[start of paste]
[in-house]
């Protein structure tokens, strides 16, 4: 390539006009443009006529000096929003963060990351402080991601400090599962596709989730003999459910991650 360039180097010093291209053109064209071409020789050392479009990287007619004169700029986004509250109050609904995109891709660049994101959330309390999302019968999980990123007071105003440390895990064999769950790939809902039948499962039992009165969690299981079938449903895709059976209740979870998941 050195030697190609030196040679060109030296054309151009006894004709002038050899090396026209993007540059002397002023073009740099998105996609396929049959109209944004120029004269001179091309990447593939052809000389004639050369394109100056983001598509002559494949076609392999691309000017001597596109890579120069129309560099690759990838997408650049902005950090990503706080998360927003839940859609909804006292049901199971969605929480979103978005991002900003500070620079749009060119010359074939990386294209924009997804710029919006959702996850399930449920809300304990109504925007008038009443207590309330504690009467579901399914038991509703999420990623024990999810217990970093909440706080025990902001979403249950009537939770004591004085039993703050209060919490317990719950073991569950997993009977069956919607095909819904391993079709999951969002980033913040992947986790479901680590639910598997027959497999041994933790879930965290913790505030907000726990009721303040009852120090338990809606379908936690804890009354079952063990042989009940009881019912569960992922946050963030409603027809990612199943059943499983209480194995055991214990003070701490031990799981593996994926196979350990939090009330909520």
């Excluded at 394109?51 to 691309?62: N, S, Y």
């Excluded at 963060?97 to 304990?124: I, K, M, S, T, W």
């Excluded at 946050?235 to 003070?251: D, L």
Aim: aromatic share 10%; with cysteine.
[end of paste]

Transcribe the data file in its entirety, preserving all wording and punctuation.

[in-house]
């Protein structure tokens, strides 16, 4: 390539006009443009006529000096929003963060990351402080991601400090599962596709989730003999459910991650 360039180097010093291209053109064209071409020789050392479009990287007619004169700029986004509250109050609904995109891709660049994101959330309390999302019968999980990123007071105003440390895990064999769950790939809902039948499962039992009165969690299981079938449903895709059976209740979870998941 050195030697190609030196040679060109030296054309151009006894004709002038050899090396026209993007540059002397002023073009740099998105996609396929049959109209944004120029004269001179091309990447593939052809000389004639050369394109100056983001598509002559494949076609392999691309000017001597596109890579120069129309560099690759990838997408650049902005950090990503706080998360927003839940859609909804006292049901199971969605929480979103978005991002900003500070620079749009060119010359074939990386294209924009997804710029919006959702996850399930449920809300304990109504925007008038009443207590309330504690009467579901399914038991509703999420990623024990999810217990970093909440706080025990902001979403249950009537939770004591004085039993703050209060919490317990719950073991569950997993009977069956919607095909819904391993079709999951969002980033913040992947986790479901680590639910598997027959497999041994933790879930965290913790505030907000726990009721303040009852120090338990809606379908936690804890009354079952063990042989009940009881019912569960992922946050963030409603027809990612199943059943499983209480194995055991214990003070701490031990799981593996994926196979350990939090009330909520």
């Excluded at 394109?51 to 691309?62: N, S, Y």
């Excluded at 963060?97 to 304990?124: I, K, M, S, T, W």
């Excluded at 946050?235 to 003070?251: D, L």
Aim: aromatic share 10%; with cysteine.